History in the Painting

For award-winning, well-travelled and community minded artist Warren Curry, painting nostalgic buildings and related architecture on canvas is a passion. “I love architectural subjects,” said Warren, standing in front of partner Marie Farrow’s grand piano in his classically decorated Port Albert home. “Because part of my thing in helping preserve them is not only painting them but also hoping that other people appreciate the buildings and the architecture, and maybe even save one or two.”


In fact, much of Warren’s artwork used to incorporate signatory dark skies. “It was always a threatening element. I felt that these buildings are just there existing. How long are they going to be there for?”

It seems fitting that Warren created his Port Albert art studio, gallery and home at a mid-19th century-built bakery and general store, which he acquired in the early ’70s. While the building’s walls could probably talk (after being a bakery it served as a residence, and a light shop when power first came to the town), it wasn’t until adulthood that this Yarram-born artist developed a profound appreciation for history and Port Albert. Since moving there, he’s painted this peaceful and rather untainted fishing village from almost every angle.


Although drawing and art were always his favourite school subjects, being an artist in the 1960s, especially in a country town, was relatively unheard of. After finishing school, he worked in a ‘stable’ local government role with the then-Shire of Alberton. With an urge to paint, Warren attended evening classes at Sale, an era where everyone embraced freedom of expression on large canvasses. But Warren wanted to master the “nuts and bolts”. Taking extended leave from his full-time council job, he paid his way to London and enrolled at the prominent Chelsea School of Arts. “I went there, and what were they doing? Exactly the same thing, big canvasses and expressionist work.”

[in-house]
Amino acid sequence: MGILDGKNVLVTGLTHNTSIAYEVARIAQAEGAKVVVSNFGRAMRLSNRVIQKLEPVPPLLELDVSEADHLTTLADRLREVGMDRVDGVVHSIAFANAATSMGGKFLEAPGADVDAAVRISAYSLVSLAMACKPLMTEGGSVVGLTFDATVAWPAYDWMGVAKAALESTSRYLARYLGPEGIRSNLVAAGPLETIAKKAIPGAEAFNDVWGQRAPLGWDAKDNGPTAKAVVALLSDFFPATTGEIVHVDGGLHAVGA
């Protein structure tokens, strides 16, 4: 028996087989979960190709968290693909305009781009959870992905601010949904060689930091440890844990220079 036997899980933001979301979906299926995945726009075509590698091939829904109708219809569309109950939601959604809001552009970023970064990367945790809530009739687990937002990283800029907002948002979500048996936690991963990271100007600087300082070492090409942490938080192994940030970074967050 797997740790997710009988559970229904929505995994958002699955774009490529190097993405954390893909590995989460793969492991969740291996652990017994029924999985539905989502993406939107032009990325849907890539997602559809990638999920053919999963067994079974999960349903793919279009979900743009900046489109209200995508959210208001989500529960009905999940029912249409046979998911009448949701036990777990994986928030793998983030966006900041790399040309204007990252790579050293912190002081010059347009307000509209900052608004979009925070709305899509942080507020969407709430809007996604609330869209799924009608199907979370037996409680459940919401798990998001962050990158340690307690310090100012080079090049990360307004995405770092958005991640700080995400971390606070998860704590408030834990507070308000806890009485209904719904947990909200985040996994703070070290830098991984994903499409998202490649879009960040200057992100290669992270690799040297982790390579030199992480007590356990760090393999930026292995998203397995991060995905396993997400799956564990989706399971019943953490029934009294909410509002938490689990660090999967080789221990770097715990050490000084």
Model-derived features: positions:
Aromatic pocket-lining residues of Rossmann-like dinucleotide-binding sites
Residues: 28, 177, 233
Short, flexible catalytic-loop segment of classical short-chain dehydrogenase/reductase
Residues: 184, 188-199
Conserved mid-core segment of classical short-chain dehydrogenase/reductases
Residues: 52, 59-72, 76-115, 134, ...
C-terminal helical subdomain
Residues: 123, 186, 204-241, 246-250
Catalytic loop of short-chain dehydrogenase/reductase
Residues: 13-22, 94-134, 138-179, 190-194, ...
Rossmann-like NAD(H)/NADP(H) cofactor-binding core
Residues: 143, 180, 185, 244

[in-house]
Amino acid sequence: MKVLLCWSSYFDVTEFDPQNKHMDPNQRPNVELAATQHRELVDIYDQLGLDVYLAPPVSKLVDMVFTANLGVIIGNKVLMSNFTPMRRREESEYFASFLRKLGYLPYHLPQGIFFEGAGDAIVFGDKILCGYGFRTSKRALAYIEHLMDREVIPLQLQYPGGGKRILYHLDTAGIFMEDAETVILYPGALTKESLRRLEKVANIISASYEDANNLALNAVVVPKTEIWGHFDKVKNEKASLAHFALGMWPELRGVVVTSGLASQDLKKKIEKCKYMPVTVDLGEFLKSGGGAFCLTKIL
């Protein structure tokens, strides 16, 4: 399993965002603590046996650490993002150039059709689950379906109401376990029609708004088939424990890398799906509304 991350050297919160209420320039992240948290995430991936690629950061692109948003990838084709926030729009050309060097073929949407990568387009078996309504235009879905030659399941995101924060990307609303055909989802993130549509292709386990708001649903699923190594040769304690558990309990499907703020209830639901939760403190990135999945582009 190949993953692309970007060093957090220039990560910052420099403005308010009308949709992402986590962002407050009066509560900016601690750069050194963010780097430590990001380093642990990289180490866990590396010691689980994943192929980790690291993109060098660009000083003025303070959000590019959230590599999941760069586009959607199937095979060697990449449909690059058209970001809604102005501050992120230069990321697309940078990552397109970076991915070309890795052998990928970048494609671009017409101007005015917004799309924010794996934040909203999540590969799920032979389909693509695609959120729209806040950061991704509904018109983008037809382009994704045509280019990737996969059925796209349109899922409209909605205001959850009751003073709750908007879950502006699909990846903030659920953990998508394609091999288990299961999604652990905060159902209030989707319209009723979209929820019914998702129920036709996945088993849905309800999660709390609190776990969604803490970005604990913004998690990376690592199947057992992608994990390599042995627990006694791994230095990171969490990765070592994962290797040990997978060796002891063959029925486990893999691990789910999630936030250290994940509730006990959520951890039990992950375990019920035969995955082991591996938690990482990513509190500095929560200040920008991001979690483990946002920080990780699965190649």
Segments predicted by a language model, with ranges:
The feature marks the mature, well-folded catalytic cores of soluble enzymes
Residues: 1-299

Instead, Warren studied at London’s Byam Shaw School of Art and the City and Guilds of London Art School. During a summer break, he and a couple of fellow art students bought a London ambulance and drove through Europe. It was also the first time he visited the Greek isle of Corfu.


After completing his academic studies, Warren returned to Gippsland. He continued to paint a mix of portraiture and historic buildings, the latter becoming his specialty. His first solo exhibition, held at Sale, was a huge success, selling 64 out of 65 paintings. Shortly afterwards, he purchased the old Port Albert bakery, with the shopfront becoming the gallery and the light-filled bakery out back, with intact ovens, his studio.

Taking up full-time painting in the latter part of the 1970s, Warren realised he couldn’t stay in Port Albert, so he moved to Melbourne. He still retained the Port Albert property.

Embracing the halcyon days, Warren won numerous art shows and competitions. Winning the Camberwell Rotary Travel Study Grant in 1981 was the clincher. He then spent a year overseas, including London, Paris and Corfu.

Describing Corfu as a “jewel in the crown”, it was almost 17 years before Warren returned. “I didn’t get back there until 1998, and that was the year things changed. I stopped in this little village of Pelekas, and I painted that whole summer. And I thought, ‘Wow’.”

Thinking it an idyllic place, the following year he bought an old house on a hill there, and began running his annual art tours. Since then, Warren heads to Corfu during Victoria’s bracing winter for at least three months each year. With old places tending to follow him around the world, he’s gradually restored the house, while ardent piano player and partner of five years Marie has been helping establish the garden. Classic-style refurbishments are something that Warren is accustomed to, having achieved this at his harmoniously extended Port Albert home.